Now, that broker has been identified as David Spencer Walker, a long-time Wall Street veteran, and it is being reported that the two were discussing financing for a new business venture.

So is the newest hot IPO a whore house?

Racetrack Comp Card Scheme Nets Several Arrests

If you've ever been to a casino, you may think that comp cards are a good thing. If a casino gives you one of these cards, this is your key to the front of the lines, free buffets, tickets to shows, and even free hotel rooms.

Comp cards have real value, so a pair of employees at the Aqueduct Racino were caught in a casino comp card scheme where they allegedly traded these cards to gamblers for real money.

And if not for their stupidity, the fraudsters probably would never have been caught.

Credit Suisse Fraud: Two Traders Plead Guilty to Fraud

It's taken some time, but financial executives and traders who have remained largely unscathed following the 2008 financial crisis are finally facing criminal penalties for the role they played in the historic economic collapse.

Two former Credit Suisse Group traders pleaded guilty for the roles they played in the collapse last week. One trader admitted to falsifying books in an effort to artificially supporting the price of securities backed by mortgages and hiding losses as the housing market plunged, reports the New York Post. Another trader admitted to conspiracy. While these traders deal with their criminal charges, the senior executives who oversaw the alleged Credit Suisse fraud have so far not faced criminal charges.

18 New Yorkers Arrested for Workers' Comp Fraud

In a sweeping investigation, 18 people in 13 New York counties were arrested for workers’ comp fraud. None of the fraud cases were related, and anyone who has ever engaged in fraud may want to have their NYC criminal lawyer on speed dial as the investigation targeted everyday employees who allegedly took advantage of the system and not high-level multi-million dollar fraud schemes.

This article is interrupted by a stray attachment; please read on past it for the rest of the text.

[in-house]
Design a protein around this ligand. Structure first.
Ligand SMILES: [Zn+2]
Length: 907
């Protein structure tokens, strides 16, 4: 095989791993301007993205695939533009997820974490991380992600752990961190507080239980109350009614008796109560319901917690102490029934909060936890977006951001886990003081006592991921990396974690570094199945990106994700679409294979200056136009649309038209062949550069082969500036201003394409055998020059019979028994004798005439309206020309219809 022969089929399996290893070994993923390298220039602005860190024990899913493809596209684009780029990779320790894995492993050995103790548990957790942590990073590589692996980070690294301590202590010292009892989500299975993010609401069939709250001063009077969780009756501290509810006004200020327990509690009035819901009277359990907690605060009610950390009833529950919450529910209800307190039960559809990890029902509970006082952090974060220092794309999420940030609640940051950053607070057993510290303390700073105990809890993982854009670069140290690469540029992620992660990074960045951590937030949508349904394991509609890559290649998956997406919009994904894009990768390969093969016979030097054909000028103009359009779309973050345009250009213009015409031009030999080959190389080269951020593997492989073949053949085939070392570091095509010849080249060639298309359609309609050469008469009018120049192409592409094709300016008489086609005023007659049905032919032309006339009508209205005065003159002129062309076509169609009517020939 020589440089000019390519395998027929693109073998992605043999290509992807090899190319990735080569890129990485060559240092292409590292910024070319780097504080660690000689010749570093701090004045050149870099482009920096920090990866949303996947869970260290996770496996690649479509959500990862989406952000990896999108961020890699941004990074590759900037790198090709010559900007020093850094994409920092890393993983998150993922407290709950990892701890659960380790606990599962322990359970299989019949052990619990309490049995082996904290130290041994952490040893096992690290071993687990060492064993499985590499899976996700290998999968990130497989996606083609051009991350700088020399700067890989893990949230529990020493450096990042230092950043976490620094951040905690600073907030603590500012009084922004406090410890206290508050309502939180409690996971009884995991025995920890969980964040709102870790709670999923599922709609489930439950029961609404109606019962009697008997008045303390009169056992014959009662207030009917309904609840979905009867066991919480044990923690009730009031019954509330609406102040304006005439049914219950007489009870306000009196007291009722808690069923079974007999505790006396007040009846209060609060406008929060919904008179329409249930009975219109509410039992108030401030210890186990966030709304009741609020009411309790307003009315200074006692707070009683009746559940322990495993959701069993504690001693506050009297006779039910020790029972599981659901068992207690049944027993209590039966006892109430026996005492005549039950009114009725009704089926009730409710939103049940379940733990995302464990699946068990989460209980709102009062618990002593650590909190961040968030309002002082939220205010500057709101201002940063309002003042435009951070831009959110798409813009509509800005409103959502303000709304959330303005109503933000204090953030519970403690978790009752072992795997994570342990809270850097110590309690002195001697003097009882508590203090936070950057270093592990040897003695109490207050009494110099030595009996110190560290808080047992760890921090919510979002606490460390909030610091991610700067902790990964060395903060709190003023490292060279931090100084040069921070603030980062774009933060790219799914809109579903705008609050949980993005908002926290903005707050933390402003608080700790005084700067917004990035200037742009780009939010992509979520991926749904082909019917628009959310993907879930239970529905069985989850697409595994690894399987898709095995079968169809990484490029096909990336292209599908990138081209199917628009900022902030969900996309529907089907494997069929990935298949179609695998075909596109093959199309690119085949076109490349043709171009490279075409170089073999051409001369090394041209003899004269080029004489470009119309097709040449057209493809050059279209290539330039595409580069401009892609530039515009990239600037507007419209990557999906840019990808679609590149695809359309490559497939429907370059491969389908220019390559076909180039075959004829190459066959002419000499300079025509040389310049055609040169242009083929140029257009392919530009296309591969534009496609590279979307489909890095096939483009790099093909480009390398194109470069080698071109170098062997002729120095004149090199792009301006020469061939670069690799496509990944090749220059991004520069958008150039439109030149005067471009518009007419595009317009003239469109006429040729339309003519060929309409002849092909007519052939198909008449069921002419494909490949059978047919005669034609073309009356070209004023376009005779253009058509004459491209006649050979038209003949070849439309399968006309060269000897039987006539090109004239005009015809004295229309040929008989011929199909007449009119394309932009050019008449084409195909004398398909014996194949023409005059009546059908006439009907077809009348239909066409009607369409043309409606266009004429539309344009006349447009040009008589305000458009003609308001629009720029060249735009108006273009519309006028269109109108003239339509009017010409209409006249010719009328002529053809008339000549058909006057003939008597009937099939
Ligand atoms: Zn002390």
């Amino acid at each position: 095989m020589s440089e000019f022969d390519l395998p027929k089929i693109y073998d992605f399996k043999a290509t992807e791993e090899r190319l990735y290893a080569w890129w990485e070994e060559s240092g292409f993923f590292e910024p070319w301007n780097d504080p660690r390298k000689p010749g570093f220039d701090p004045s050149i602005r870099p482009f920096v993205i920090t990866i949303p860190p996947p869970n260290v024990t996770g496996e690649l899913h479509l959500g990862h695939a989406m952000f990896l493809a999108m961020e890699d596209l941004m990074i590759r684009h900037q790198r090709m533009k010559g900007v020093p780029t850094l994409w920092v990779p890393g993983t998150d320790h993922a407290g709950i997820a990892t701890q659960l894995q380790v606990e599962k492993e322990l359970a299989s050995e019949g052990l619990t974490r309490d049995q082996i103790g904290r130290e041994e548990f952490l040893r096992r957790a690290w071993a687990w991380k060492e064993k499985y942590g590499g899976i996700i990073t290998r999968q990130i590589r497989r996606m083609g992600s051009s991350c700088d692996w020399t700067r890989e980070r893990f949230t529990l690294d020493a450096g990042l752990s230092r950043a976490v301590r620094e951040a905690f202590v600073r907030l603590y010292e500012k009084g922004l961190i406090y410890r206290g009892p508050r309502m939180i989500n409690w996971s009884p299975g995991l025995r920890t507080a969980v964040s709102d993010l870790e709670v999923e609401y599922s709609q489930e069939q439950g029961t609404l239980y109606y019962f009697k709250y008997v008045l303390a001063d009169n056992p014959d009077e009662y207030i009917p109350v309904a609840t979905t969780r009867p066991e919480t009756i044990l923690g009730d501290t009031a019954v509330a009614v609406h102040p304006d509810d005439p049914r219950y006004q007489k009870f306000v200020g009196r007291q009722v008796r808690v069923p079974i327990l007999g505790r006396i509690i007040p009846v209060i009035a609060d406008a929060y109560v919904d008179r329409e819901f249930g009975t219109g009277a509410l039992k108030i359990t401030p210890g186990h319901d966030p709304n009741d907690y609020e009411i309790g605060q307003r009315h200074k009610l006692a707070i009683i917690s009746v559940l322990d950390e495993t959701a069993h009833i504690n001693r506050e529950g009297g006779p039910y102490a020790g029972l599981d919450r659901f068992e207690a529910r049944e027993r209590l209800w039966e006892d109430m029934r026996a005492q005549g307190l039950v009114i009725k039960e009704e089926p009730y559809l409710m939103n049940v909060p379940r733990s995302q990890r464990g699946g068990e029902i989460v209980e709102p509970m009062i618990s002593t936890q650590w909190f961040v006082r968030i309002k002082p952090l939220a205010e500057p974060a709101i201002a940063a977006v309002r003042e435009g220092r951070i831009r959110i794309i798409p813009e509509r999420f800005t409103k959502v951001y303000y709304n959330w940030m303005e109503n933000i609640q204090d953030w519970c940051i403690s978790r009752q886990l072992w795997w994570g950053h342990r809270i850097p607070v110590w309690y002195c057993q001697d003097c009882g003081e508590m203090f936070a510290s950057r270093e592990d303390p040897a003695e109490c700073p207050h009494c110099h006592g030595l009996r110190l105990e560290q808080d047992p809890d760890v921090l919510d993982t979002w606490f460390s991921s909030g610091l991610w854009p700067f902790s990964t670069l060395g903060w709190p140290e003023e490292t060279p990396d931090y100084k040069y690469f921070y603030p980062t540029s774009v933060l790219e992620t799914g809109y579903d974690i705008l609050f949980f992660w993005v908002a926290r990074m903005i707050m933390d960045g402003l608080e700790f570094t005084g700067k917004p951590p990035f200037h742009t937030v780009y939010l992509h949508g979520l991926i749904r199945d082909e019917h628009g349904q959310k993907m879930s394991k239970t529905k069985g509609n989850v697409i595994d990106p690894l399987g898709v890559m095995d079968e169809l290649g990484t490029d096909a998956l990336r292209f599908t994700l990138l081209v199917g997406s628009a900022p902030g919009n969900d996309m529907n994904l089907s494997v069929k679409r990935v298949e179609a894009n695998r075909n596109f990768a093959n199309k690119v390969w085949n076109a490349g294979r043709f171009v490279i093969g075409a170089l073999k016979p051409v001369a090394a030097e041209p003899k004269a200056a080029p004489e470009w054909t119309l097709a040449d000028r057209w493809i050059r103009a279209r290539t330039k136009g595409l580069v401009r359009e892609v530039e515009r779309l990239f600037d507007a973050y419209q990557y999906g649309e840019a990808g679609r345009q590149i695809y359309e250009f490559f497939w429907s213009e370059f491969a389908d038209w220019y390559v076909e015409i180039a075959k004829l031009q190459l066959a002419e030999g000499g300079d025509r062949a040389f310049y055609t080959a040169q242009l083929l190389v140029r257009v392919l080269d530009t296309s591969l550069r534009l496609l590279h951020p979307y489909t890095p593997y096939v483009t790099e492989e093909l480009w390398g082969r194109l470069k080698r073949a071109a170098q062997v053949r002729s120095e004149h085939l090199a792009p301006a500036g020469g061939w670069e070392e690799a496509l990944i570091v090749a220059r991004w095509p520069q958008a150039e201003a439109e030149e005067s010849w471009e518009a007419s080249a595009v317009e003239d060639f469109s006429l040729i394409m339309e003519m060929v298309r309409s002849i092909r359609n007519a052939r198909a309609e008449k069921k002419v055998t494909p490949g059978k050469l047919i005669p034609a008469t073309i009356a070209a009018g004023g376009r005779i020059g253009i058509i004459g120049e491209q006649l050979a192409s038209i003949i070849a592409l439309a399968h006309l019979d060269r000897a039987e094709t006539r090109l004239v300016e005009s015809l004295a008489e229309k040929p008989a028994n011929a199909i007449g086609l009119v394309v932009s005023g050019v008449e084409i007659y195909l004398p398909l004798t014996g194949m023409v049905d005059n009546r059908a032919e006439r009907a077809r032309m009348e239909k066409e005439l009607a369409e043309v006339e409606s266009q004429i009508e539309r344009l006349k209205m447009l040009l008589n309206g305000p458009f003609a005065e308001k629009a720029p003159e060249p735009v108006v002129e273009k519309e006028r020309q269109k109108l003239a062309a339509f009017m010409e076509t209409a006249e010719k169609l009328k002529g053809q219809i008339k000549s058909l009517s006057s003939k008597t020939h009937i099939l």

State officials called the workers’ comp fraud a crime against every honest New Yorker who pays taxes and has to bear the higher financial burden due to the fraud, reports the Insurance Journal.

Former Owner of Brooklyn Heights Cinema Guilty of Fraud

Norman Adie, the former owner of Brooklyn Heights Cinema, has pleaded guilty to stealing more than $500,000 from investors and could go to jail for 80 years.

Adie allegedly concocted a scheme where he conned investors to give him their money in bogus development plans including building condos on the site of the twin-screen theater in Brooklyn, reports the New York Post.

Jon Corzine to Plead Fifth Re Missing $1.2 Billion?

Surprisingly, the answer is no. Congress is looking into the Jon Corzine MF Global collapse, but the former New Jersey governor says he will not invoke his Fifth Amendment right to remain silent.

Still, despite not pleading the fifth, it’s unlikely that lawmakers will get any answers from Corzine.

Congress has opened up hearings looking into MF Global’s collapse and the missing $1.2 billion of investor funds, reports the New York Post. The securities firm filed for bankruptcy in October and there are a swarm of questions as to why the firm collapsed and what happened to investors’ money in the firm.

New Assemblyman William Boyland Bribery Charges

Not one month after being acquitted of bribery and corruption, Assemblyman William Boyland is facing a whole new set of bribery charges.

What makes the William Boyland bribery charges so egregious is that he is alleged to have engaged in the illegal activity during his defense of the original bribery charges, reports the New York Post.